Remove the fieldnames of the columns that have to be repeated for every record.
    The remaining columns have to be read into separate records.
    The last column will contais valuen (as in your example)
    The one to last column of each record will contain the columnlabel (fieldname) of the values (as in your example)

    Sub M_snb()
    sn = Cells(1).CurrentRegion
    x = Cells(1).CurrentRegion.Rows(1).SpecialCells(2).Count
    y = UBound(sn, 2) - x

    sp = Application.Index(sn, Evaluate("index(mod(row(1:" & x * (UBound(sn) - 1) & ")-1," & UBound(sn, 2) + y & ")+" & y & ",)"), Evaluate("if(column(A1:" & Chr(66 + y) & x * (UBound(sn) - 1) & ")=" & y + 2 & ",int((row(1:" & x * (UBound(sn) - 1) & ")-1)/" & UBound(sn, 2) + y & ")+" & y + 1 & ",column(A1:" & Chr(66 + y) & x * (UBound(sn) - 1) & "))"))
    For j = 1 To UBound(sp) - 1
    sp(j, UBound(sp, 2) - 1) = sn(1, (j - 1) \ (UBound(sn) - 1) + y + 1)
    Next

    Cells(20, 1).Resize(UBound(sp), UBound(sp, 2)) = sp
    End Sub

  2. Note, this is provided without warranty….

    Mine isn’t quite as elegant as snb’s but its generalized…. I don’t pull the data into an array so it does have a slight performance hit.

  3. Hi snb. That looks elegant. I haven’t had a chance to step through it yet, but looking forward to it.

    Yeah, mine is pretty complex compared to yours. That said, I built it because I needed to handle the case where unwinding a big crosstab would result in a flat file that would exceed the row limit in Excel. I originally wrote this when my old workplace had Excel 2003, and so was coming up on that limit all the time. And more recently I had a private client that had a crosstab filled with economic data so big that it would have exceeded the row limit in new Excel if unwound the traditional way. So this code was perfect.

    (Of course, they should never have got into the situation in the first place of having such a big crosstab. But they simply didn’t know any better until it got so bad that they were forced to pay me to fix it. I love organizations like that who misuse Excel, because they pay me to fix what shouldn’t have been broken in the first place).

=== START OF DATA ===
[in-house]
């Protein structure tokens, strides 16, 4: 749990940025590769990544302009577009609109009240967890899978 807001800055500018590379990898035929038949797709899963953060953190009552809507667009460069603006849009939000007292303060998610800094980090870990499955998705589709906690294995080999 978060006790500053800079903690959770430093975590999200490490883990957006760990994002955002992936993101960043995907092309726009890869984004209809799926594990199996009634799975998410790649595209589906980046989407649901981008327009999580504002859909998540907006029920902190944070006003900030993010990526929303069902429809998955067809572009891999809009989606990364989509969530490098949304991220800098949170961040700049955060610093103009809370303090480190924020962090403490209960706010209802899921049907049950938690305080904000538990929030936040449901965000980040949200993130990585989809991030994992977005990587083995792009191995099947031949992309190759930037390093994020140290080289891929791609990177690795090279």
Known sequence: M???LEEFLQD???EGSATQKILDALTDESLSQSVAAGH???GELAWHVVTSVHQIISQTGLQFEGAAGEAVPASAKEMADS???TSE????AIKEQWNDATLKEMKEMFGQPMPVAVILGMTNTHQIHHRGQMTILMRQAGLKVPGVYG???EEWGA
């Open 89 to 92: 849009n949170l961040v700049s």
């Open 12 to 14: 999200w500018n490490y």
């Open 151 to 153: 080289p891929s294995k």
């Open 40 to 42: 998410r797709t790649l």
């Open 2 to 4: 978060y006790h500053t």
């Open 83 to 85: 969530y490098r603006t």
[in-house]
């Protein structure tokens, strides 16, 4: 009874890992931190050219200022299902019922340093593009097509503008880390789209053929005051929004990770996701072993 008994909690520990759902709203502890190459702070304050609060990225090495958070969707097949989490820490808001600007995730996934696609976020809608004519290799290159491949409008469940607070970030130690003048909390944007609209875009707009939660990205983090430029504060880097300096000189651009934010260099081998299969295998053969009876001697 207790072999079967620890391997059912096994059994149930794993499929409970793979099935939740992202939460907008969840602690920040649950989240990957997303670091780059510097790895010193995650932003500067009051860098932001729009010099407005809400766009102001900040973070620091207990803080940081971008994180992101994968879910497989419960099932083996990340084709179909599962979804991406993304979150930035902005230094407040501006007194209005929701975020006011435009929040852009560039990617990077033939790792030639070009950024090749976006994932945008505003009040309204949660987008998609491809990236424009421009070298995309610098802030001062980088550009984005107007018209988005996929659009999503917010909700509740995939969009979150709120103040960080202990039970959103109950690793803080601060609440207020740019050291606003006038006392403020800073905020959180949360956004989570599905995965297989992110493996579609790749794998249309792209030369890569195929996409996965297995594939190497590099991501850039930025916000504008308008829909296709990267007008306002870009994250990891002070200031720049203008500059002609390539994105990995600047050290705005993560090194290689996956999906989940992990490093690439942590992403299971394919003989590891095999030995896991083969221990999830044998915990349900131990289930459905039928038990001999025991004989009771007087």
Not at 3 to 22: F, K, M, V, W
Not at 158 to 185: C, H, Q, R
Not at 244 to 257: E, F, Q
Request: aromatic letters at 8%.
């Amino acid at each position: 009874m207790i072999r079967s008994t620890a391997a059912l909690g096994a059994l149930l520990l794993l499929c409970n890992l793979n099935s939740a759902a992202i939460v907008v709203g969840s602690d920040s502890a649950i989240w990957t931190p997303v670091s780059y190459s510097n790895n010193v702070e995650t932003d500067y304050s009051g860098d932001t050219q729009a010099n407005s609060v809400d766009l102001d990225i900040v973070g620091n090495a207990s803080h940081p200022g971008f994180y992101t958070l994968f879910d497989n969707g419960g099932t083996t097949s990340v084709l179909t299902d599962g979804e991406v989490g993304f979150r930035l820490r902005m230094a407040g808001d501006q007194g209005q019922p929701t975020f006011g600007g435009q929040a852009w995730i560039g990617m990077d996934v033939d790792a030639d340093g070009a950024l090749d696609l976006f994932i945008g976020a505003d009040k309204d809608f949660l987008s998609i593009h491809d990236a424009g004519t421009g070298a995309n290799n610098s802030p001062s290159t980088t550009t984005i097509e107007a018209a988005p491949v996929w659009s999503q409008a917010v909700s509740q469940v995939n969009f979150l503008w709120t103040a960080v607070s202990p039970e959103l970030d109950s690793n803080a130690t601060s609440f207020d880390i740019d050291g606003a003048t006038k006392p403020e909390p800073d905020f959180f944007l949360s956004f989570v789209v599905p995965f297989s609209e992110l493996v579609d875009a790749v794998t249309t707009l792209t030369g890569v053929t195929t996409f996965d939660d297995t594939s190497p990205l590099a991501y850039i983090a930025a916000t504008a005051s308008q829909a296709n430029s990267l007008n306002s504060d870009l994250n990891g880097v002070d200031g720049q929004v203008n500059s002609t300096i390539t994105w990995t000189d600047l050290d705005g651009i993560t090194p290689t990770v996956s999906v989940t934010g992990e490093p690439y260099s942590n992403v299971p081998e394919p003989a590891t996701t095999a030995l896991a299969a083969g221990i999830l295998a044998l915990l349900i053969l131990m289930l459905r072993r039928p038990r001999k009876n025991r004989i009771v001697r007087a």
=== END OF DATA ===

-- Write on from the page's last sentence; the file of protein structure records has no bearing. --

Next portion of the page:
Your code works fine for me with 11 rows times 8 columns, but if I have 10 columns then I get some REF errors. Haven’t stepped through it yet to find out why.

    I’d be interested in how you would amend it so it would handle any size crosstab (within the row limit of Excel, of course). And I’d also be interested at comparing speed on very large crosstabs…particularly because I’m building a commercial add-in and want to have routines that are as fast as possible across a range of different datasets.

  4. This is all very useful, Jeff! I’ve used John W’s one-column flattening in the past, and also Bacon’s concatenation trick. But this seems much more powerful.

    Juanito

  5. snb: your code isn’t working so well for me.
    This is the table I’m using it on:

    1990 1991 1992 1993 1994 1995 1996 1997
    Australia Energy 289014 290872 296887 300178 301736 313486 320795 331023
    Australia Transport 62121 61503 62695 63987 65614 68357 70751 72152
    Australia Other Sectors 14744 14884 15300 15762 15669 16318 16680 16930
    Australia Industrial Processes 24627 23911 24552 24350 24551 24334 24170 24334
    Australia Agriculture 86812 86957 85253 84735 85256 86190 86487 87695
    Australia Waste 18016 17909 17688 17570 16983 16949 15622 15439
    Belarus Energy 102242 95782 88907 76539 64290 57259 58225 59522
    Belarus Transport 13074 12818 10583 8547 5368 4840 4815 4386
    Belarus Other Sectors 14792 14792 14771 14362 13428 11141 10547 10806
    Belarus Industrial Processes 3614 3614 3504 3292 2639 2004 2035 2136

    …and this is what it is returning:

    Australia Energy 1990 289014
    Australia Transport 1990 62121
    Australia Other Sectors 1990 14744
    Australia Industrial Processes 1990 24627
    Australia Agriculture 1990 86812
    Australia Waste 1990 18016
    Belarus Energy 1990 102242